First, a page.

This too shall pass and other passing observations about staying in…

The words jumped out at me from beneath a rainbow painted by a child – “This too shall pass.”

I was running and those four words trotted along for a while. They have a biblical cadence, I thought, a good short sentence. The keystone is the placement of ‘too’, I thought (pant, pant).

Try the same four words with ‘too’ at the end and nothing really works: ‘This shall pass too’ has the stresses all wrong. That arrangement also raises a comma conundrum: do we get fussy and include one after ‘pass’? By the time you’ve pondered all that, a lovely phrase has curled up and died (pant, pant).

Back home and sweaty, I turned to Google. Turns out the phrase is not biblical but thought to be an old Persian adage.

It’s a noble sentiment and better than, say, all this shit will be over one day, won’t it, with the virus gone and that orange virus in the White House gone too, along with other shitty things?

Those rainbows displayed in house windows provide something cheerful for children to do. At least our three are grown up, so we don’t have to worry about home schooling. On social media you will find many amusing posts on this theme, and one or two outright rants about the impossibility of teaching your own children at home.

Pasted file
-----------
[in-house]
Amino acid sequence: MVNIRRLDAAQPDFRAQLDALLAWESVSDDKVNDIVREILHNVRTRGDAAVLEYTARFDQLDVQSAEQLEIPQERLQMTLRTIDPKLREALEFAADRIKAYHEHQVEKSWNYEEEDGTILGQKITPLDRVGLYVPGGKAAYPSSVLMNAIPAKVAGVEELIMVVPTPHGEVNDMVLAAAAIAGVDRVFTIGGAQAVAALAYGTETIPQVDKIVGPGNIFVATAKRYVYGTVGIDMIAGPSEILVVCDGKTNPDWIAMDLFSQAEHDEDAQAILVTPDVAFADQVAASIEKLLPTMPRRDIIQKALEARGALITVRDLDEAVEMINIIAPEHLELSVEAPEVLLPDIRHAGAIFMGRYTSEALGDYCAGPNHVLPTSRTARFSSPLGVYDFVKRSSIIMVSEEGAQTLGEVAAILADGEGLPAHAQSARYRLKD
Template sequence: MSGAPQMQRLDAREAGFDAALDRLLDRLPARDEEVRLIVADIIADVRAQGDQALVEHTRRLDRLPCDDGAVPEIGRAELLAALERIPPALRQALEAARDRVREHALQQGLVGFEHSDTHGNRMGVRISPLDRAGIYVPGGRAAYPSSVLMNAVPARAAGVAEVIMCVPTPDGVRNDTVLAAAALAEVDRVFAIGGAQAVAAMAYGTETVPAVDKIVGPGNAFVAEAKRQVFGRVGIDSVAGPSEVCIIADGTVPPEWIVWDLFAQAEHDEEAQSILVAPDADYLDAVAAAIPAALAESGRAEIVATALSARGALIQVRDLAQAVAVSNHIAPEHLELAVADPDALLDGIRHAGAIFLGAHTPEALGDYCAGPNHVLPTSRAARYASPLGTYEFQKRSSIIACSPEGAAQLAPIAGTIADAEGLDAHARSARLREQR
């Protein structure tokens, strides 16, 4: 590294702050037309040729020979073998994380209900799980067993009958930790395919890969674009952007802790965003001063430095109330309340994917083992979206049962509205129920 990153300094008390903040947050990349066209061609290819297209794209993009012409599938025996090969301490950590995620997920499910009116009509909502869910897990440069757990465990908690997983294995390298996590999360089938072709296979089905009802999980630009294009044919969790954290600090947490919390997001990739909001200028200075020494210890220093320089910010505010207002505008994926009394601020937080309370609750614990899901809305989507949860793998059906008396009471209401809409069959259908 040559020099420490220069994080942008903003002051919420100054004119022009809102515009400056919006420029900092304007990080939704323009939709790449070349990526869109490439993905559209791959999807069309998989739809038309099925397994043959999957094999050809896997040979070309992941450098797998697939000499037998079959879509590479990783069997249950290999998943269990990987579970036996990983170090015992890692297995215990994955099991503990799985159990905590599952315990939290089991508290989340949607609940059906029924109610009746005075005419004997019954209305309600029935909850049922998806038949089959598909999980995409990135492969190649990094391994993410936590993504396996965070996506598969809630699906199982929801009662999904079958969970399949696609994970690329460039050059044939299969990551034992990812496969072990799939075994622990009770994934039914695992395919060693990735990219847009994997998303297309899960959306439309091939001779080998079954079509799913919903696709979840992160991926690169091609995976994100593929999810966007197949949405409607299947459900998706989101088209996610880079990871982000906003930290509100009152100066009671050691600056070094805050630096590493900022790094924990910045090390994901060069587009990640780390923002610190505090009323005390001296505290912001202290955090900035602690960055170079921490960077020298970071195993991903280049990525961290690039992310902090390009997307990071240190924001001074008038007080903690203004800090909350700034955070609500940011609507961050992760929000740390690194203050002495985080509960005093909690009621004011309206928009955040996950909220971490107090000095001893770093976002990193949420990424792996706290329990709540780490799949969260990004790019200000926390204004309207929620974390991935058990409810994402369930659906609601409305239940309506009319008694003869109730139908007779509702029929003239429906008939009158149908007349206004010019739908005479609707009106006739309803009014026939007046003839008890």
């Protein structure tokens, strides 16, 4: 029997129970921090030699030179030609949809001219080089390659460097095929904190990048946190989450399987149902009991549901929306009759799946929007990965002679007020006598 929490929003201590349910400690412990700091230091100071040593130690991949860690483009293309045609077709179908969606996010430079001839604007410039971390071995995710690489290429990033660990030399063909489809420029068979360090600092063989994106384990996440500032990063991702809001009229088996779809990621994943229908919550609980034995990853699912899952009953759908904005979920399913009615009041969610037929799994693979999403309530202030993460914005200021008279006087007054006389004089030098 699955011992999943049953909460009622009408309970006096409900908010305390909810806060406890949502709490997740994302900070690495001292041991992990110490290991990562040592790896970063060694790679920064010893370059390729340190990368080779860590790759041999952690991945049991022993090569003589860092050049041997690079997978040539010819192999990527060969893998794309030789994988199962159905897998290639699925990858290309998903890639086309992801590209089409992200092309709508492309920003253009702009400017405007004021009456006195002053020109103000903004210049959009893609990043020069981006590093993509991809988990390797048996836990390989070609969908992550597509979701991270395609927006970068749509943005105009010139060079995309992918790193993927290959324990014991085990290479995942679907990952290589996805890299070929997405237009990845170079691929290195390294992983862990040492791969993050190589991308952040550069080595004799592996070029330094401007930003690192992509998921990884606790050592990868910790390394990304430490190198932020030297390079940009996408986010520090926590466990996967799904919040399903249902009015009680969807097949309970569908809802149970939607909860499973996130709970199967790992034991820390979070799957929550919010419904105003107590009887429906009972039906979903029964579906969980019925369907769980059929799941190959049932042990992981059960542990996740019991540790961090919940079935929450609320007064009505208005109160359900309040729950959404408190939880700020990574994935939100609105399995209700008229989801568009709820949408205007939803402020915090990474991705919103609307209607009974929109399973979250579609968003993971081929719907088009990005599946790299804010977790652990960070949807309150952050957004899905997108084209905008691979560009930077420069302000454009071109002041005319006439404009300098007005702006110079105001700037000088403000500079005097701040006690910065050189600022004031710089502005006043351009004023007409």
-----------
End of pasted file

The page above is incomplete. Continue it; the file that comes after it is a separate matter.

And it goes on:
Painting rainbows only goes so far.

With much to feel unsettled about, it’s good to find comfort in words, even four simple words that are probably a terrible cliche by now.

Not going out is weird. Those runs and a weekly shop are my outings. Oh, and I drove into town to pick my wife up after she’d had a long day at work. The following day in York police were stopping drivers and asking them why they were out in their cars.

Also castigated by the police have been walkers in the countryside. Is this the right approach? Those walkers are breathing fresh air and generally keep a distance from others. Surely a case of over-policing, but these restrictions are swallowed for now.

Anyway, we can at least walk from our front door to those edge-lands where town and country meet, or head into the emptied streets of York.

Last night we opened a bedroom window, as others in this road out of town did, and soon everyone was clapping their support for the NHS. It was strangely moving. A cynical quip inserted here about the Tories and the NHS has been removed, as Boris Johnson now has the virus and needs our best wishes (not something said often around here).

Also, last night we did a virtual pub quiz on Instagram. All very enjoyable even if we did only tolerably well. There were four of us on team sofa, as our daughter’s boyfriend joined in remotely, helping on screen.

This too shall pass, and he’ll be allowed in the house again and we’ll be allowed back in the bar where the pub quiz wasn’t taking place.

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